on Apr 27, 2016
Deck builders have been done before, but not quite like Orleans. While Orleans borrows from among several different genres, it creates something wholly new. Rather than a showcase for independent mechanics, Orleans is a delightful blend that forces unique and interesting choices.
When play begins, there’s a map of Orleans and the surrounding cities. Players each get a personal board with identical action spaces. Finally, there’s an empty deeds board that players share. Everyone starts with the same four workers. After the first turn, though, the game diversifies completely. Players place all of their workers into a cloth bag. Then, they simultaneously draw out a number of tiles. From there, they can assign those workers to various spots on their player board in order to take certain actions. Some allow you to travel around the map and build guildhalls. Those are worth points at game end. Others let you permanently place workers on the Deeds board, thus culling them from your bag. And still others let you recruit new workers.
But recruiting workers provides a secondary benefit. Recruiting a Knight, for example, allows you to draw more workers from the bag each turn. Recruiting a Boatman gets you coins. And Recruiting a Trader allows you to look through the place tiles and pick the one that you want. That gets added to your personal board and allows you an additional potential action each turn.
The game lasts for 18 turns (which sounds like a lot, but they pass more quickly than you might expect) and then ends. Players get points for guildhalls, coins, goods, and any citizens they’ve acquired. Most points wins.
Orleans is an amazing euro game. At its very core, it puts players in constant conflict between tactics and strategy. Maybe I want to expand my available actions by adding a new tile. That means that I have to gain a trader so I can take that action. But that means there is an extra trader in my bag. And if my bag is already trader heavy, I might be drawing more of them on a turn than I can use. I become much less efficient and it becomes harder to use any action – including that new tile I gained.
Similarly, the benefits of gaining a particular worker are matched nicely to their use. There are relatively few actions that require a Knight. But gaining Knights provides perhaps the best benefit in the game – increasing your draw of worker tiles. Similarly, a Boatman only gives coins (not so useful in Orleans). But a Boatman is required in many of the actions. The Monk is a wild card and playable anywhere – but provides no special bonus when taken. Players must strike a careful balance between getting the bonus that they need for their long term goals and maintaining a proper bag consistency so that they each draw, including the next one, will be useful.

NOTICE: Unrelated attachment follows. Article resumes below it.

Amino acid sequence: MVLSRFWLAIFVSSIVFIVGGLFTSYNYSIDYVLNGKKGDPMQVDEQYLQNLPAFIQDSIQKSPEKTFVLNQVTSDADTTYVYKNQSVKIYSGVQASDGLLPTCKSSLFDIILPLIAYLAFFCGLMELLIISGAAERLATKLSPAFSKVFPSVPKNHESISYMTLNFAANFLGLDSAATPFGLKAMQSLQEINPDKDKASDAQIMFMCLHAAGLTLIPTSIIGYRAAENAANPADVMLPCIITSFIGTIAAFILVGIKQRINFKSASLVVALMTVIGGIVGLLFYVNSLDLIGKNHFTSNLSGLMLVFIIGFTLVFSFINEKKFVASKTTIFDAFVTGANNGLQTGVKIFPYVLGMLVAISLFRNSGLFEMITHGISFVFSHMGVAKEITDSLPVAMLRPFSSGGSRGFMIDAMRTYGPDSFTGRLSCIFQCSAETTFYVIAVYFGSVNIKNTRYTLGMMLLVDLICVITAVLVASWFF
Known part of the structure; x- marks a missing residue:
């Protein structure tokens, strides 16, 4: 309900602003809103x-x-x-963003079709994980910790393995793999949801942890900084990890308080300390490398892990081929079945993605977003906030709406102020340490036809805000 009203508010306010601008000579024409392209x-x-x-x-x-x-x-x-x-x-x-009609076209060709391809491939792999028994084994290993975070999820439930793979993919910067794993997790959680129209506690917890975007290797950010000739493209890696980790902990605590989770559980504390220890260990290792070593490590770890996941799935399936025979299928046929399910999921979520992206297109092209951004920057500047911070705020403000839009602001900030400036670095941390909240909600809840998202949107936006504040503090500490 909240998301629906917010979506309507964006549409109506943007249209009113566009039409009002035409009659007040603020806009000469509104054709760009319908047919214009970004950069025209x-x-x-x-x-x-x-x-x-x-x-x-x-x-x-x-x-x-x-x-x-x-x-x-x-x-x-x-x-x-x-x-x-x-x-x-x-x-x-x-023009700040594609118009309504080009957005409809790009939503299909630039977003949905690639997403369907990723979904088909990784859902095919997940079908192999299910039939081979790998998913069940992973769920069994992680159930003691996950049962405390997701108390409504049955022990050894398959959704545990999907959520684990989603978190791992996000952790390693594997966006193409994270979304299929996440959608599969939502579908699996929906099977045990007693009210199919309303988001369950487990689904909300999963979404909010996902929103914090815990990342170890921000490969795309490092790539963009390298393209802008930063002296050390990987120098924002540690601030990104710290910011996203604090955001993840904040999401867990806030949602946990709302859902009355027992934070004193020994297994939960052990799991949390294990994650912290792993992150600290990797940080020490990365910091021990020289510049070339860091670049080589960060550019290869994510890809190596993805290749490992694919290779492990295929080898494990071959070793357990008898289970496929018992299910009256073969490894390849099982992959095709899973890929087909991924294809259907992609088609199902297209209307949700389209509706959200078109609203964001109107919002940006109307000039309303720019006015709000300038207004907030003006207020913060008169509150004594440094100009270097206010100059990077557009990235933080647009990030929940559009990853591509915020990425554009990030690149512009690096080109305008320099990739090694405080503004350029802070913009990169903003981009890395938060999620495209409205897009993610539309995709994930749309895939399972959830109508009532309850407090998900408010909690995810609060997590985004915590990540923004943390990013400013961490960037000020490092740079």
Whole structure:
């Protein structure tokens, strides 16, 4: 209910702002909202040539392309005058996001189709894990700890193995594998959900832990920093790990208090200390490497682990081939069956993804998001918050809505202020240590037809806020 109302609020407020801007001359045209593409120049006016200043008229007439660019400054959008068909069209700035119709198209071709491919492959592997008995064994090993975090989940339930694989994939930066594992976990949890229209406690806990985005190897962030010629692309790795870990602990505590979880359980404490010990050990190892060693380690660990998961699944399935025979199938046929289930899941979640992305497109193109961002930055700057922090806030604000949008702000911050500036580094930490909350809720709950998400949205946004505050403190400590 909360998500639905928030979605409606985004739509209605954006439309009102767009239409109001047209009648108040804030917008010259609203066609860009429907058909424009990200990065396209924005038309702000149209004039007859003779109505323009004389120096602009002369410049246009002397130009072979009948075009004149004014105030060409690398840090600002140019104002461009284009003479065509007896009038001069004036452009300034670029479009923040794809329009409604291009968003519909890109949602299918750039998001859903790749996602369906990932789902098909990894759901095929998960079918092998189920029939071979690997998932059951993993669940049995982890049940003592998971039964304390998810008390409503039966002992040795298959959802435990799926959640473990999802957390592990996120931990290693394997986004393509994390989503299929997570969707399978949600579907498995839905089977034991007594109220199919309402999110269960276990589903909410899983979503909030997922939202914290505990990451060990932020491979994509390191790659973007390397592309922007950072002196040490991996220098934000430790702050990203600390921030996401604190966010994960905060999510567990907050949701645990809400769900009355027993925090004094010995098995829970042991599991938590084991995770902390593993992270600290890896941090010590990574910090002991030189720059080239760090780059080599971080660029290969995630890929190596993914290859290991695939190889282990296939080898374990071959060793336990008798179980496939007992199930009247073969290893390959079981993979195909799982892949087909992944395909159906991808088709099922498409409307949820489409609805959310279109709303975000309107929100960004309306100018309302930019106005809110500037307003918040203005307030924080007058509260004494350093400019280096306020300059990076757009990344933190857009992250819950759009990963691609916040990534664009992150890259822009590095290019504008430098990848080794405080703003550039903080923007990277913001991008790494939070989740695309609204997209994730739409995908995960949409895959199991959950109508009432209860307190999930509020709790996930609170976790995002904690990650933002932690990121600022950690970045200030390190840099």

While you do draw randomly from the bag, you rarely are punished with bad luck. Orleans provides numerous ways to directly alter the consistency of figures in your bag. When drawn, workers go to a “market” area. Although space isn’t unlimited, you are allowed to leave workers in the market unused. Doing so removes them from your bag on later turns. Or, you can place them on the Deeds board which gives a small bonus and allows you to remove them from your bag permanently. So if your mix of workers does end up a bit lopsided, you have the tools to address it.
But you don’t always have time to get your bag just right. The game can take on a race as resources deplete. Everything is limited in Orleans – goods, workers, tiles, even coins. Workers fly fast. Farmers zip by quickly if players are competing to be best in the census. Monks also rapidly disappear since they are so useful in taking actions. And, depending on players’ strategies, other workers will become scarce as well. With four players, it isn’t uncommon to see the majority of worker piles empty before game end.
Even though direct competition is mostly absent – though there is an element of area control when building guild halls – the indirect competition is fierce. And the trouble for players is that all of the workers and their associated actions are good. They don’t directly earn you points, but each of them can assist you in a different way.
And you’ll be forced to react to your opponents. You might be slowly gaining Craftsman and using their technology to make actions easier. Then you realize you’ve neglected Scholars and they are almost gone thanks to a push by two of your opponents. Now, you need to get in there and fast before you’re entirely deprived.
The one area to watch out for is that players might fall into preferred habits and patterns – constantly grabbing the same tiles and seeking out the same workers. In other words, the near endless possibility of Orleans might be stymied by player preference. Of course, the random draw mitigates that somewhat as players won’t always be able to do exactly what they want. But it’s worth noting that players who like to explore will have more fun than those who always follow the same course. Orleans brings surprisingly aggressive indirect interaction, and the competition for pieces is fierce. It also brings one of the best, most fun, entertaining experiences in euro game I’ve had in long, long while.